Single-molecule detection of surface-hybridized human papillorna virus DNA for quantitative clinical screening

TitleSingle-molecule detection of surface-hybridized human papillorna virus DNA for quantitative clinical screening
Publication TypeJournal Article
Year of Publication2007
AuthorsLee JY, Li JW, Yeung ES
Journal TitleAnalytical Chemistry
Volume79
Pages8083-8089
Date PublishedNov
Type of ArticleArticle
ISBN Number0003-2700
Accession NumberISI:000250584800024
KeywordsAMPLIFICATION, capillary-electrophoresis, fluorescence, HUMAN-PAPILLOMAVIRUS, interface, ISOTHERMS, microarrays, PROTEIN MOLECULES, QUANTIFICATION, spectroscopy
Abstract

We present an improved method to quantify viral DNA in human cells at the single-molecule level. Human papilloma virus (HPV)-16 DNA was hybridized to probes that were covalently bound to a glass surface and detected with a single-molecule imaging system. In the single-probe mode, the whole genome and target DNA were fluorescently labeled before hybridization. In the dual-probe mode, a second probe was introduced that has a fluorescently labeled 1-kb DNA strand connected to the 50-nt probe sequence. With the single-probe method, the detection limit was 0.7 copy/cell, which was similar to that reported in a flow system earlier. With the dual-probe method, the linear dynamic range covers 1.44-7000 copies/cell, which is typical of early infection to near-cancer stages. Both methods were applied to cell line samples with known HPV-16 infection, and the result showed a good match with the reported viral load. DNA from cervical cells, collected with the Pap smear sampling method, was spiked with HPV-16 DNA and submitted to this assay to show compatibility with conventional sampling methods: The dual-probe method was further tested with a crudely prepared sample. The cells were heat lyzed and spun down, and the supernatant was immediately submitted to hybridization. Even with reduced hybridization efficiency caused by the interference of cellular materials, we were still able to differentiate infected cells with 600 copies/cell from healthy cells.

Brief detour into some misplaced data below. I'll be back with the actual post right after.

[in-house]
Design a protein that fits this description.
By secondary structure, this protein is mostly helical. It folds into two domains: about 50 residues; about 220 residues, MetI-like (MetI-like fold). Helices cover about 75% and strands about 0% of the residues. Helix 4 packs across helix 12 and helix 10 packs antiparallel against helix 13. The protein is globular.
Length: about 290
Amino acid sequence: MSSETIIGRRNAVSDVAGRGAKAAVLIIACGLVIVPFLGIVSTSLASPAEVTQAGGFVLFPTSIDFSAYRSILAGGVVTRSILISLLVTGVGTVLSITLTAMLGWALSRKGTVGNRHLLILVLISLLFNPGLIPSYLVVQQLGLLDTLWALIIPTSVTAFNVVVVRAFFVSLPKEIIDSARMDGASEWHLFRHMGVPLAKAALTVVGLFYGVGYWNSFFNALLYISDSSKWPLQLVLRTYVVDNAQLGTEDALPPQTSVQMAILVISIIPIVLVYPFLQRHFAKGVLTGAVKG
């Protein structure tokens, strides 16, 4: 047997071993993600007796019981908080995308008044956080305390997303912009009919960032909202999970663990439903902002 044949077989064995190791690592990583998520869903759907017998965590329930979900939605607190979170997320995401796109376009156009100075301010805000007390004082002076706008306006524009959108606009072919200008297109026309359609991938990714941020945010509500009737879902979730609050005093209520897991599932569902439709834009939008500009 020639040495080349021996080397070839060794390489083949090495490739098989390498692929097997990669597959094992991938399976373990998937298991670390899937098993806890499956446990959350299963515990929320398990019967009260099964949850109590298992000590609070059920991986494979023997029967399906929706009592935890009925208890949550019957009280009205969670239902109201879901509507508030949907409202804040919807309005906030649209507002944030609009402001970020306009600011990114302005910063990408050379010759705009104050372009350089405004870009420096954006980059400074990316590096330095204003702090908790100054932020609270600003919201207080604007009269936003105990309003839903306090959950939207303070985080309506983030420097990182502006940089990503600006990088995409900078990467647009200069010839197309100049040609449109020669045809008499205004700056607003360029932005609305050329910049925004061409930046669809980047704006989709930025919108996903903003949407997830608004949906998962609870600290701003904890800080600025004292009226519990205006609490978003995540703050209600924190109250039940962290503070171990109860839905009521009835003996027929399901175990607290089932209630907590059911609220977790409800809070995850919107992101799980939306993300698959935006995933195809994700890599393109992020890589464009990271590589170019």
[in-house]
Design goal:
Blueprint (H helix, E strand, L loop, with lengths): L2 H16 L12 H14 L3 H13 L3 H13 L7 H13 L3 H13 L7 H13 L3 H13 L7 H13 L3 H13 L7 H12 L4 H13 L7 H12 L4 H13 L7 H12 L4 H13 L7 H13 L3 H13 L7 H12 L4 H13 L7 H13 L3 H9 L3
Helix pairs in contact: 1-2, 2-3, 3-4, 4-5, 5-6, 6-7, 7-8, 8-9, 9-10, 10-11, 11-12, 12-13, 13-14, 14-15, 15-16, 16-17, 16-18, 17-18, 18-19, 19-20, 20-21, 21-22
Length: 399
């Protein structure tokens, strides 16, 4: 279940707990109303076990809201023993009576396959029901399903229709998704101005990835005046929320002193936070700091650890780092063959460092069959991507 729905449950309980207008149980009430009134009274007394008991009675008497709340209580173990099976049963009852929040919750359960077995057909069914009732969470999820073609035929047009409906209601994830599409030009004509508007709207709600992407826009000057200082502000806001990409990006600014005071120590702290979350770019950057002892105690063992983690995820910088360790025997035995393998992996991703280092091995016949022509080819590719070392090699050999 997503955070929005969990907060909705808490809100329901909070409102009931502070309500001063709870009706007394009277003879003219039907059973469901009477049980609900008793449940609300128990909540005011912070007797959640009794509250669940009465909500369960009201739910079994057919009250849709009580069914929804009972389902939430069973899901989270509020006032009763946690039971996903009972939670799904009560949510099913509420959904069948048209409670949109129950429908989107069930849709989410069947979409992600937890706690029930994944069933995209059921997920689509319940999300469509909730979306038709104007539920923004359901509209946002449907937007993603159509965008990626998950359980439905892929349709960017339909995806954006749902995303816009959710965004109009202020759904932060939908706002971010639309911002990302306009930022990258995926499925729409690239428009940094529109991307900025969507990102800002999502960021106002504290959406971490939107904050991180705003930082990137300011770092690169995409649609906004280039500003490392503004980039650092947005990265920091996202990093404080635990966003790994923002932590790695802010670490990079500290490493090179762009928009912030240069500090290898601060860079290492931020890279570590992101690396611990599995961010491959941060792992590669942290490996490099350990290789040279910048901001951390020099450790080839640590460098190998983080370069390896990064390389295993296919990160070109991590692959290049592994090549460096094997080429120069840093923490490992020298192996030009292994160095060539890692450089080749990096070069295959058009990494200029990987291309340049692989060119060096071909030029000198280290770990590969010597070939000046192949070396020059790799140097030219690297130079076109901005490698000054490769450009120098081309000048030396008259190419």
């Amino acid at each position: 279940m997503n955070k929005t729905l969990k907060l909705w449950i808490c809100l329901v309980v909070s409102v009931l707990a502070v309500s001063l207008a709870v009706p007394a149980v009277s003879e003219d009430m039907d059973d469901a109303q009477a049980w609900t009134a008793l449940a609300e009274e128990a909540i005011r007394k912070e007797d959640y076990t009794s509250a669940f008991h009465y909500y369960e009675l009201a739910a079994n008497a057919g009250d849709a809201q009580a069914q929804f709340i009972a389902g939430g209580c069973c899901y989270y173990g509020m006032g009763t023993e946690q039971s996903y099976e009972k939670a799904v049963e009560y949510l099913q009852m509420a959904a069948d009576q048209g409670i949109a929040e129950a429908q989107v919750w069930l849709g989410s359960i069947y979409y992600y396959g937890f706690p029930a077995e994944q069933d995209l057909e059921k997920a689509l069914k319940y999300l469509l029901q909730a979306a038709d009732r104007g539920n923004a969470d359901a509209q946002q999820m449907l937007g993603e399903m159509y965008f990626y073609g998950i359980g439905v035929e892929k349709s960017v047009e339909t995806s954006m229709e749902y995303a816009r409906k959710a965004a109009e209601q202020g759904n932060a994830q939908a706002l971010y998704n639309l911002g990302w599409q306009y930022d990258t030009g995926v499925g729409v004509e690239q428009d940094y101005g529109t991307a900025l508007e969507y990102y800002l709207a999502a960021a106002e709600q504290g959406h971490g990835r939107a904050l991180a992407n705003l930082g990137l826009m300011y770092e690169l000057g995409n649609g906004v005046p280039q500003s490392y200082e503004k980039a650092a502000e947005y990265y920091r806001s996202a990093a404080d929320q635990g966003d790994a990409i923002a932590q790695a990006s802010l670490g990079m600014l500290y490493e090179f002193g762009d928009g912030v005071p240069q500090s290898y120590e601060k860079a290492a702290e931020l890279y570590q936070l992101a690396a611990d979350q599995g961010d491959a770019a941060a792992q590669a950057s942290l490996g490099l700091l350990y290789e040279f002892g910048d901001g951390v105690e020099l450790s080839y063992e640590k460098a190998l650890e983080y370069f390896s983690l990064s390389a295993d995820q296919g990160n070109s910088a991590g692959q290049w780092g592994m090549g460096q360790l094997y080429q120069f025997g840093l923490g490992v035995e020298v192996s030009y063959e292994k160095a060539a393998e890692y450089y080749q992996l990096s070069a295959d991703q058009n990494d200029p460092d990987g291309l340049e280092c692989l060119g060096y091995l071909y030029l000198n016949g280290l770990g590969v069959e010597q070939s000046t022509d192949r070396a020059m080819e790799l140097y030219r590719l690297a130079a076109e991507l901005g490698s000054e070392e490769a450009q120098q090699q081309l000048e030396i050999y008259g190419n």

DOI10.1021/ac071159y
Alternate JournalAnal. Chem.